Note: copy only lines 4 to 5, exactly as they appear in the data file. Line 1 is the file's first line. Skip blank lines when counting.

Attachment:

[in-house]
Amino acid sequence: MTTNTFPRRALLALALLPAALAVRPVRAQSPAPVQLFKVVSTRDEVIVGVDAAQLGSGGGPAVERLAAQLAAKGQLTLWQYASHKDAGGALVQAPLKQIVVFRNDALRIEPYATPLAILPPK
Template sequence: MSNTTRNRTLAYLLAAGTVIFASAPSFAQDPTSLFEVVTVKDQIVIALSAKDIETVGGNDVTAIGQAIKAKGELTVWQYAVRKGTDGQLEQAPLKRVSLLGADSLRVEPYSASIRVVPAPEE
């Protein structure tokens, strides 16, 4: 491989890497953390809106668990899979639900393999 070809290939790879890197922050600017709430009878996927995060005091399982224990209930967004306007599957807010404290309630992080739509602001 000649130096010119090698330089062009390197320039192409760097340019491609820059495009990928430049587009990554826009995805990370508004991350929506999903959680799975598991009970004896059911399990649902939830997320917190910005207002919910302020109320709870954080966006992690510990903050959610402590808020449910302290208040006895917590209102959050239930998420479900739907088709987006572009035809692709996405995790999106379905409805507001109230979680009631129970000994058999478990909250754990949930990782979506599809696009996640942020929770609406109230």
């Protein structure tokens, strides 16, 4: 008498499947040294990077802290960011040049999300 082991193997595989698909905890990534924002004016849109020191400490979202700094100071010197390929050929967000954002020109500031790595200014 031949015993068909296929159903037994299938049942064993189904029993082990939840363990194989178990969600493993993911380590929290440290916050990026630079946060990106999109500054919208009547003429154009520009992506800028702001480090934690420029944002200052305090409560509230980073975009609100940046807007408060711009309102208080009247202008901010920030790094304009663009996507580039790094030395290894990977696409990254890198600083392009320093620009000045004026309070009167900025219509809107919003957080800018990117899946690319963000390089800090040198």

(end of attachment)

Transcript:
């Protein structure tokens, strides 16, 4: 491989890497953390809106668990899979639900393999 070809290939790879890197922050600017709430009878996927995060005091399982224990209930967004306007599957807010404290309630992080739509602001 000649130096010119090698330089062009390197320039192409760097340019491609820059495009990928430049587009990554826009995805990370508004991350929506999903959680799975598991009970004896059911399990649902939830997320917190910005207002919910302020109320709870954080966006992690510990903050959610402590808020449910302290208040006895917590209102959050239930998420479900739907088709987006572009035809692709996405995790999106379905409805507001109230979680009631129970000994058999478990909250754990949930990782979506599809696009996640942020929770609406109230």
């Protein structure tokens, strides 16, 4: 008498499947040294990077802290960011040049999300 082991193997595989698909905890990534924002004016849109020191400490979202700094100071010197390929050929967000954002020109500031790595200014 031949015993068909296929159903037994299938049942064993189904029993082990939840363990194989178990969600493993993911380590929290440290916050990026630079946060990106999109500054919208009547003429154009520009992506800028702001480090934690420029944002200052305090409560509230980073975009609100940046807007408060711009309102208080009247202008901010920030790094304009663009996507580039790094030395290894990977696409990254890198600083392009320093620009000045004026309070009167900025219509809107919003957080800018990117899946690319963000390089800090040198």